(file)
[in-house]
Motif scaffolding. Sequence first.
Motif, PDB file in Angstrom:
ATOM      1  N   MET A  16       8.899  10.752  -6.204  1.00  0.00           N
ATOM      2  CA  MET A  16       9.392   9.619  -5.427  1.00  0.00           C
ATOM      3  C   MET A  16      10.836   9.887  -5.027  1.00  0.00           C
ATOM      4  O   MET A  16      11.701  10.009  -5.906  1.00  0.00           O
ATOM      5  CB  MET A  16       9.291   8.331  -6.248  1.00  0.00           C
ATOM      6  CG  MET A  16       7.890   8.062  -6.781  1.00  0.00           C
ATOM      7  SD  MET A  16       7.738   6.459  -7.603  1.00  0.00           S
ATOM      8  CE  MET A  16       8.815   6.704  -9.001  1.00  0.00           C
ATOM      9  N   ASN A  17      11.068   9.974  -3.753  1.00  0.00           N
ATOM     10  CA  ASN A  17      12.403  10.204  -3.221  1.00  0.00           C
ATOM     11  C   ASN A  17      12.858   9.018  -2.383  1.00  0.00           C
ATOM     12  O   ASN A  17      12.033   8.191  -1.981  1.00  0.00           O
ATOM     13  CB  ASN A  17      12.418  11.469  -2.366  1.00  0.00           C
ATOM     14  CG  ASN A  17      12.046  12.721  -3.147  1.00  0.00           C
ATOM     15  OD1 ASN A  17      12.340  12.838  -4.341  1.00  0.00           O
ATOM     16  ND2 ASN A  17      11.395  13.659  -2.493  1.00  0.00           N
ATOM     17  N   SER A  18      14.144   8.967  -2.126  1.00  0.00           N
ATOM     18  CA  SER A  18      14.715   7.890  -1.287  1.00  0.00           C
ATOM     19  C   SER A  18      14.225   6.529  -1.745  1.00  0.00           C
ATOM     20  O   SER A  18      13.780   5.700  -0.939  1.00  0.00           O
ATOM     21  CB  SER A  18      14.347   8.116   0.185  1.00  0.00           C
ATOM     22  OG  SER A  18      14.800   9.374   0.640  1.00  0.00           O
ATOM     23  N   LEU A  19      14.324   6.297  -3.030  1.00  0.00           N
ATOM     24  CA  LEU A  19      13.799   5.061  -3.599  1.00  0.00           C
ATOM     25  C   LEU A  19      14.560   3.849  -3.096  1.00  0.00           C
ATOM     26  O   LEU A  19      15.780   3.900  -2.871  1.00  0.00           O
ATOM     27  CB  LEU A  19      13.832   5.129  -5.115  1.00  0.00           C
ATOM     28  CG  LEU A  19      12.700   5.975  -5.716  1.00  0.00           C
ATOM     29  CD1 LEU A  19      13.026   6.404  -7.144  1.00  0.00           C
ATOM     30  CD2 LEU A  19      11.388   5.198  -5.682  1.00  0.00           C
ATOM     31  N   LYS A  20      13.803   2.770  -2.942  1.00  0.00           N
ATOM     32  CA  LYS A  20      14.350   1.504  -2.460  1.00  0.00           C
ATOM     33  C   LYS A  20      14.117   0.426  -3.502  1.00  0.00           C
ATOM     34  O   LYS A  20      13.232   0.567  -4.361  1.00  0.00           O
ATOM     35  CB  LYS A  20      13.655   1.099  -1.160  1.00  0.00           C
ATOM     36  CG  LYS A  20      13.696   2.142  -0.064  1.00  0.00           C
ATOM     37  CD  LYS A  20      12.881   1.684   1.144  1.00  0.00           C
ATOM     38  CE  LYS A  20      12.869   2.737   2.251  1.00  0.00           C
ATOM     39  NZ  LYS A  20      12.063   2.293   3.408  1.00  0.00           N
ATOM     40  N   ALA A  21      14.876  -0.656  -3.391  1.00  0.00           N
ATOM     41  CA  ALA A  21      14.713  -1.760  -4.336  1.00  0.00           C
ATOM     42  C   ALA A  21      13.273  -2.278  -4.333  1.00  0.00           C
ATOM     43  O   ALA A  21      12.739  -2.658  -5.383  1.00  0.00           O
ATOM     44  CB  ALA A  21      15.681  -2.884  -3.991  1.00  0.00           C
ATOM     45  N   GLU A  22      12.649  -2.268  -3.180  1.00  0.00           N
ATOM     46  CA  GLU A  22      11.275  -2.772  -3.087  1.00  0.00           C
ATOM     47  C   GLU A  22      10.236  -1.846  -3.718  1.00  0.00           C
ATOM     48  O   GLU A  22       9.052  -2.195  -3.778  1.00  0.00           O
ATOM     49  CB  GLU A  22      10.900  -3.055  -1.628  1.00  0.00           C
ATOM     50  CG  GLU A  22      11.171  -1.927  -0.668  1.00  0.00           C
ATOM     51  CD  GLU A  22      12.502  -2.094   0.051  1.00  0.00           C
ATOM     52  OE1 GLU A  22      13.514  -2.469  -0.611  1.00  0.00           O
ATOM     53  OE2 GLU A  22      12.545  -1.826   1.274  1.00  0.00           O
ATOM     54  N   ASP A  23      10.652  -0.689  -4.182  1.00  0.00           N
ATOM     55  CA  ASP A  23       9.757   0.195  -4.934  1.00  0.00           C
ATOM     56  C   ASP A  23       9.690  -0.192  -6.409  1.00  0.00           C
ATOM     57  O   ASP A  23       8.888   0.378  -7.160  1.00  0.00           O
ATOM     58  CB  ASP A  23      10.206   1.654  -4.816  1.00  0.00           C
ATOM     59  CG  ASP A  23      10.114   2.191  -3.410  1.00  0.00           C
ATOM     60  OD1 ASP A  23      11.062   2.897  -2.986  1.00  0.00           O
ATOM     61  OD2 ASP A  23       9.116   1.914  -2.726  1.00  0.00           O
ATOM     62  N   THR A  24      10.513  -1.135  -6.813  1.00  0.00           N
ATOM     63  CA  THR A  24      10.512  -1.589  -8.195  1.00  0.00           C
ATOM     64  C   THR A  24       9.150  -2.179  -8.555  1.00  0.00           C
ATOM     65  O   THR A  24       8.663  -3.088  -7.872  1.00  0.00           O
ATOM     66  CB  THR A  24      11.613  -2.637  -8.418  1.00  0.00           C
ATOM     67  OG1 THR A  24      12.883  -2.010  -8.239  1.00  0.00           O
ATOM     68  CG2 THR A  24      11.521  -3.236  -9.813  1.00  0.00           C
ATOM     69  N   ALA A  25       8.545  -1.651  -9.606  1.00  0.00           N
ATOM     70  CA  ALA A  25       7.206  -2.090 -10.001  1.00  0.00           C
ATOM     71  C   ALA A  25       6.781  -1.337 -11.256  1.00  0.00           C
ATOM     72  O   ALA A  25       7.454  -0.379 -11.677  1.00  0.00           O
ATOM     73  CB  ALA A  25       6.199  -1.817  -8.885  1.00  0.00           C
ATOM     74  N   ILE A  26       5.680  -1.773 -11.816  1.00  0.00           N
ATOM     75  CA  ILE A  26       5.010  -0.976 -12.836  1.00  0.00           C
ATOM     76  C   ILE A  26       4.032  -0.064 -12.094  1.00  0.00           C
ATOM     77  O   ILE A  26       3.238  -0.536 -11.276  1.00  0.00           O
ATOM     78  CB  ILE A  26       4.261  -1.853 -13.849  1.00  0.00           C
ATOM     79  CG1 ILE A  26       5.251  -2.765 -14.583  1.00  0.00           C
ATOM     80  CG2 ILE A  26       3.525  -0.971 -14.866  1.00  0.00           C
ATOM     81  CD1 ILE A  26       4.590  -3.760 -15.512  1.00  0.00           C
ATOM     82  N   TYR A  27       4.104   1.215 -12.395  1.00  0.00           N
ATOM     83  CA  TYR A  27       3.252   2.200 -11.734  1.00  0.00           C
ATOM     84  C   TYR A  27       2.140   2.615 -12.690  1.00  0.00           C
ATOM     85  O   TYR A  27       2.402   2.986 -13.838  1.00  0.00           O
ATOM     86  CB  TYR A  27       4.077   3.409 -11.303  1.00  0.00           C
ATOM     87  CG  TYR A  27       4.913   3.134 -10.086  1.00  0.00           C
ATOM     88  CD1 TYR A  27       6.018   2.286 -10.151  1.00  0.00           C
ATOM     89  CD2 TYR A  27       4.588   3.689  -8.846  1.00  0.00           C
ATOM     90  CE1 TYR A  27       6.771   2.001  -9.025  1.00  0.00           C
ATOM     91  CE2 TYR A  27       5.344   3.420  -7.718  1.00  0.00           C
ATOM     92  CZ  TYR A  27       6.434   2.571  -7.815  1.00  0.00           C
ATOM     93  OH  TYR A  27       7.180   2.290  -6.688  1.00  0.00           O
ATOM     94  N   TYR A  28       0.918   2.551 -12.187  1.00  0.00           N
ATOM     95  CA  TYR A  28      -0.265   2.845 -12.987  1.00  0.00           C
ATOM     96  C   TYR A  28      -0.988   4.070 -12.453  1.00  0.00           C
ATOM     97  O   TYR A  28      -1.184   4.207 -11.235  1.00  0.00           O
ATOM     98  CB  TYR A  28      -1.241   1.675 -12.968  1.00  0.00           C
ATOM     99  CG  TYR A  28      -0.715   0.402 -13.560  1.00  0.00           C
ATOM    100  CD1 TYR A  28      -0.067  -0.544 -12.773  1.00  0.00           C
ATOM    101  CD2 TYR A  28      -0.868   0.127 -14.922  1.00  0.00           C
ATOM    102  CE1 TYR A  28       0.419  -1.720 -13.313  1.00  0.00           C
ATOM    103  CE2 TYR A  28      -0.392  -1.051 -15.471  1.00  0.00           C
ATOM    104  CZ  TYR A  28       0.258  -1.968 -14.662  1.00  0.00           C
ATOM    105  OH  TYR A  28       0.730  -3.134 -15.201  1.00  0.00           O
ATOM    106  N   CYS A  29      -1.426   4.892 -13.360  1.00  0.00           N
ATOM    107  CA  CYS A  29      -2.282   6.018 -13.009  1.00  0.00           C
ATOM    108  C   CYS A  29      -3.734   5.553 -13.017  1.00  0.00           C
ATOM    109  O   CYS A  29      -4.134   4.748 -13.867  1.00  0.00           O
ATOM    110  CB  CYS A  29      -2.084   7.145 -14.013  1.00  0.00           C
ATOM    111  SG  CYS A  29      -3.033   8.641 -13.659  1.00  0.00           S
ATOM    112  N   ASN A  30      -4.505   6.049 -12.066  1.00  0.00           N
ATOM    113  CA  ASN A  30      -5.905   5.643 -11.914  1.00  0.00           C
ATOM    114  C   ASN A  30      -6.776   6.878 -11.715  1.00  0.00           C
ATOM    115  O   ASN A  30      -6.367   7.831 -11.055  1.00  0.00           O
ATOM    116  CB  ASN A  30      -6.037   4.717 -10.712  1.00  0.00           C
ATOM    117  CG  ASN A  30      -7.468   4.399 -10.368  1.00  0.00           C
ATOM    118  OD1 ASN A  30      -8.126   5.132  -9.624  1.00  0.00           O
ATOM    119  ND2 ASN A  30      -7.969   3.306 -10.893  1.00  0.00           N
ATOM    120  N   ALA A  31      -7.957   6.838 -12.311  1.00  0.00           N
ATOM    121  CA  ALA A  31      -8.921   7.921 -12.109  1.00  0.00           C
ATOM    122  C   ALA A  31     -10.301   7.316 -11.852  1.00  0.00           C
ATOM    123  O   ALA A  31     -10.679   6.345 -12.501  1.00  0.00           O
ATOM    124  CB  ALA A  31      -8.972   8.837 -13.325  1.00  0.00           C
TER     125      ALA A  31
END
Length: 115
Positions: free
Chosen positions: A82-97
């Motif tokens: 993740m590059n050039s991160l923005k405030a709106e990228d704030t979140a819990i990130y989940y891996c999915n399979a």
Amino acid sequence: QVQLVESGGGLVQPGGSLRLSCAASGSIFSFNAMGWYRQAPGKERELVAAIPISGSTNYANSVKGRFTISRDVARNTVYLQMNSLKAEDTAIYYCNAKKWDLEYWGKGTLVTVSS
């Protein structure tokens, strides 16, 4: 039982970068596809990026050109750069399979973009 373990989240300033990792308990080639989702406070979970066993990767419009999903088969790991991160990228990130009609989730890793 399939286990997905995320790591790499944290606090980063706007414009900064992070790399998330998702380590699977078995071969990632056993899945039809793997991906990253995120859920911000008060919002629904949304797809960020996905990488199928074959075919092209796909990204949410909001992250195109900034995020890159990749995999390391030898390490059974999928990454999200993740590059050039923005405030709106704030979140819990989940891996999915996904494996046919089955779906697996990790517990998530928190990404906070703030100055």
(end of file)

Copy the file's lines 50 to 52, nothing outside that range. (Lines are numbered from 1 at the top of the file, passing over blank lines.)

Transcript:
ATOM     47  C   GLU A  22      10.236  -1.846  -3.718  1.00  0.00           C
ATOM     48  O   GLU A  22       9.052  -2.195  -3.778  1.00  0.00           O
ATOM     49  CB  GLU A  22      10.900  -3.055  -1.628  1.00  0.00           C